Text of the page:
We continued our trip without any sign of a path. Aphra clearly recognized certain trees, and other landmarks from her journeys with Glen. The climb was arduous. Periodically we would put down the bags for a few moments. Aphra would glance back down into the valley, hoping, I suppose, that the orange would start to dissipate.
When we reached the large rock slab that Paul had sat on, we stopped for a longer rest. Peirce ran loops around us, sniffing and investigating everything. Aphra hopped up on the stone.
“I’ve been watching the way you walk,” Aphra said.
“Now why would you do that?”
"Mummy calls you Poise," she said.
She giggled.
"She calls Paul ‘Star,’ because he has this tattoo. Abe is ‘Pillow’ because of his belly; Glen is ‘Eagle’ because of his narrow face, eyes and nose. You’re Poise because of the way you walk."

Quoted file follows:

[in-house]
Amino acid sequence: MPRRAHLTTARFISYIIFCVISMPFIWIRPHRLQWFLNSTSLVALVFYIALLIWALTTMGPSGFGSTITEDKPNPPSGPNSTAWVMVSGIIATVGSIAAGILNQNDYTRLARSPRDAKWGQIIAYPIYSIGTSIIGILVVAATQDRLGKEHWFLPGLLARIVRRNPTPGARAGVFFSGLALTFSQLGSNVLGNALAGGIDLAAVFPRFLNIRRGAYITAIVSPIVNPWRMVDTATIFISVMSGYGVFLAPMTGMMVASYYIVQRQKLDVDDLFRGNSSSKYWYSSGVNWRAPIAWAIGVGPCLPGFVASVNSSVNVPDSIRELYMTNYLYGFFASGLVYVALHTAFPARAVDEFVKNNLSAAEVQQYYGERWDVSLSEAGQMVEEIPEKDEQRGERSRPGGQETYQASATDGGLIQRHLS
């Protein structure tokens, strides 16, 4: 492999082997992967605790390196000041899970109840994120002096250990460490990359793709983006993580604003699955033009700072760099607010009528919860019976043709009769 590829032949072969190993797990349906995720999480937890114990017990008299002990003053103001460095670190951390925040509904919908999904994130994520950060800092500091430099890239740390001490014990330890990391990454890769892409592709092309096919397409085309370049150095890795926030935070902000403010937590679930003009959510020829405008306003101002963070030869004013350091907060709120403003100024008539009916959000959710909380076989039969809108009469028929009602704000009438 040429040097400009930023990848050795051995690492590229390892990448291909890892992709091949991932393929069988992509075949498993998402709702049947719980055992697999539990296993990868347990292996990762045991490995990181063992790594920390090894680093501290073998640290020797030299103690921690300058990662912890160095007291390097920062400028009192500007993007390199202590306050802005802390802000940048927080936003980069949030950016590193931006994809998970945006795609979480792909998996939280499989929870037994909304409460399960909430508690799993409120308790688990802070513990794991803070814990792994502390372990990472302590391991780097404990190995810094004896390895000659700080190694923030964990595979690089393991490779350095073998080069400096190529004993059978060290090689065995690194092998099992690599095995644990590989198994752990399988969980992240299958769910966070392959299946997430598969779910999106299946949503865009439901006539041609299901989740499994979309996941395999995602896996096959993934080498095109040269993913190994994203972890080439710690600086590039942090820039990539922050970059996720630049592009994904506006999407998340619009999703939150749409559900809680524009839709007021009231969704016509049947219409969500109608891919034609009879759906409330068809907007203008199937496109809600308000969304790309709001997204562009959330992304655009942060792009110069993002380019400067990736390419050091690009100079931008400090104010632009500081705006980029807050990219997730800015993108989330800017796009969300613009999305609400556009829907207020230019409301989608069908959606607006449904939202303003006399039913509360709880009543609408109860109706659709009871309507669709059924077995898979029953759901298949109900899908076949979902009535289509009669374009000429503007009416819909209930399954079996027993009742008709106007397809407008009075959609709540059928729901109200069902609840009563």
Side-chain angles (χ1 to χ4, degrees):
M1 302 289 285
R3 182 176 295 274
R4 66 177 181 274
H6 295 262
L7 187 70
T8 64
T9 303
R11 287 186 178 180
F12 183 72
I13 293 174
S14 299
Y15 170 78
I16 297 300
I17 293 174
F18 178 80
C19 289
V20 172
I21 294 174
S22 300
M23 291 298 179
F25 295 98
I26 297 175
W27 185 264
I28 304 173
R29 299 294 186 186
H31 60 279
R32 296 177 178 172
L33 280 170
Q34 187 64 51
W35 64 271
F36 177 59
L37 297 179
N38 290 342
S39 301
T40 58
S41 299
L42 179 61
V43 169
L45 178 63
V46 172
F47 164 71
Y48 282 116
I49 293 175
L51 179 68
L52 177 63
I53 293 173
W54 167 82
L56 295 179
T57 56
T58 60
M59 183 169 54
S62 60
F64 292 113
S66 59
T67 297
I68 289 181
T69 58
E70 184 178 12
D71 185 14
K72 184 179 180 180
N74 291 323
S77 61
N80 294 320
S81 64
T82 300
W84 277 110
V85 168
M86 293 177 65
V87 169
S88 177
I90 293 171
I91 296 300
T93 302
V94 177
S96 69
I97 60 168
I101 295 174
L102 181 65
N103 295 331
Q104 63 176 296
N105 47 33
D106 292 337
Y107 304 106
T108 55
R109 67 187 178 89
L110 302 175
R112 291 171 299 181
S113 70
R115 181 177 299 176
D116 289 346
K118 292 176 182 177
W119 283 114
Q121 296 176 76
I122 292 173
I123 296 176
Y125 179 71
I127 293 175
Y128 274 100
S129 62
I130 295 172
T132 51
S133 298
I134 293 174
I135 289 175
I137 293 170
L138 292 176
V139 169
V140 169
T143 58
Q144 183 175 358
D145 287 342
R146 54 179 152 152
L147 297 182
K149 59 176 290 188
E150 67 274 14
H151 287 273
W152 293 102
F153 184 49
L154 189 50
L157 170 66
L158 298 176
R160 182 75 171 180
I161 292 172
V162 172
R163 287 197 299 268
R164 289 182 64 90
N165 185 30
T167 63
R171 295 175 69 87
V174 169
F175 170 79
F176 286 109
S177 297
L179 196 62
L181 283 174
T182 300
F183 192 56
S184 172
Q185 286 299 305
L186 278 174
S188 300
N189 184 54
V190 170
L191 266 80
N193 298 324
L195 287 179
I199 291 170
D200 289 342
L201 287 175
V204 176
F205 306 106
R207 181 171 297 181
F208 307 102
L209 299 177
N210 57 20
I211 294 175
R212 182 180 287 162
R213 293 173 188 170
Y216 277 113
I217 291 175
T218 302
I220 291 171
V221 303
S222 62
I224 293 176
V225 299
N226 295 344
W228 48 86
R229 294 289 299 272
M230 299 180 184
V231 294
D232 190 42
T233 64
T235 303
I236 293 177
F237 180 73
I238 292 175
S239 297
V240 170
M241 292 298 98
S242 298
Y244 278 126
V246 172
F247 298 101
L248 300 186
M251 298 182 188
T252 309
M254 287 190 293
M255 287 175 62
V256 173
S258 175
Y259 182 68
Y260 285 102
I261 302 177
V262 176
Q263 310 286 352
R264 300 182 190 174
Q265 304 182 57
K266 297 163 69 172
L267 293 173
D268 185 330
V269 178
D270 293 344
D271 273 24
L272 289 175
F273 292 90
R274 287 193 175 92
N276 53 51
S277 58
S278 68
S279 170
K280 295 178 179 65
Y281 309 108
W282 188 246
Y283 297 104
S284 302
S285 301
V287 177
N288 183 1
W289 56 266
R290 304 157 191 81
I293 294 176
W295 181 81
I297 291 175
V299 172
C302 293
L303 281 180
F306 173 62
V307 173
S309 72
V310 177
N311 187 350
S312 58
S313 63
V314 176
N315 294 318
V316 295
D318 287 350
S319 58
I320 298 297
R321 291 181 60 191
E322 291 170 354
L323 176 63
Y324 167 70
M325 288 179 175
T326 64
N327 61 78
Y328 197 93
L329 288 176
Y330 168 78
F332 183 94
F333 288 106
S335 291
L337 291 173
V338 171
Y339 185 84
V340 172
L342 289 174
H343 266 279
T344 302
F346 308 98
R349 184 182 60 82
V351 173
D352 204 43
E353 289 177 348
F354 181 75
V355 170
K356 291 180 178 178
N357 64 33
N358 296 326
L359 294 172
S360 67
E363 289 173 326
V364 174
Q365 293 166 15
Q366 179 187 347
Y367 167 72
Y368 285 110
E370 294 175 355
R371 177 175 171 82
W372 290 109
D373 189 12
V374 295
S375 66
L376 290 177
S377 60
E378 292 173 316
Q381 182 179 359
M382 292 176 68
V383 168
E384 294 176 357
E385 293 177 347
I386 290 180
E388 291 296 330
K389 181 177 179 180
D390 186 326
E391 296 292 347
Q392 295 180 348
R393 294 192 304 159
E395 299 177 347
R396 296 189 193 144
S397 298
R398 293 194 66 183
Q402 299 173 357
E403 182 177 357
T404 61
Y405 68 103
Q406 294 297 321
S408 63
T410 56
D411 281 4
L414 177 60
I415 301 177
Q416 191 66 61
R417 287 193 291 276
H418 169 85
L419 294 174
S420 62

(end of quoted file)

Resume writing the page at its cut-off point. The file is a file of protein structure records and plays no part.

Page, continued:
“It’s the ballet lessons,” I confessed. “I spent years walking around on toes with my back curved back, my knees turned out. It makes you aware of your body. When my feet were normal they were also facing outward. What about Tosh, any nickname for him?”
"And Peirce? Where’d he get his name?"
The puppy had picked up a rotten piece of wood. He was carrying it around as if he’d caught his prey.
"He was named after some philosopher."
"I like the name Aphra. Did your mother make it up?"
"It's a good thing Mummy’s not here. Aphra Behn is really important to her. She was a writer and playwright who lived in the seventeenth century. And guess what?”
I shook my head.
Aphra leaned close and whispered, “She was a spy!”
“Wow. Quite remarkable for a woman back then.”
"Girls can do anything,” she said, swinging her legs beneath her. “And you know what else? Mummy found a man just to have me. She didn't want a husband, she wanted a child.”
I smiled and nodded. Her mother was quite a woman too, I thought. I wondered who she had selected as the father.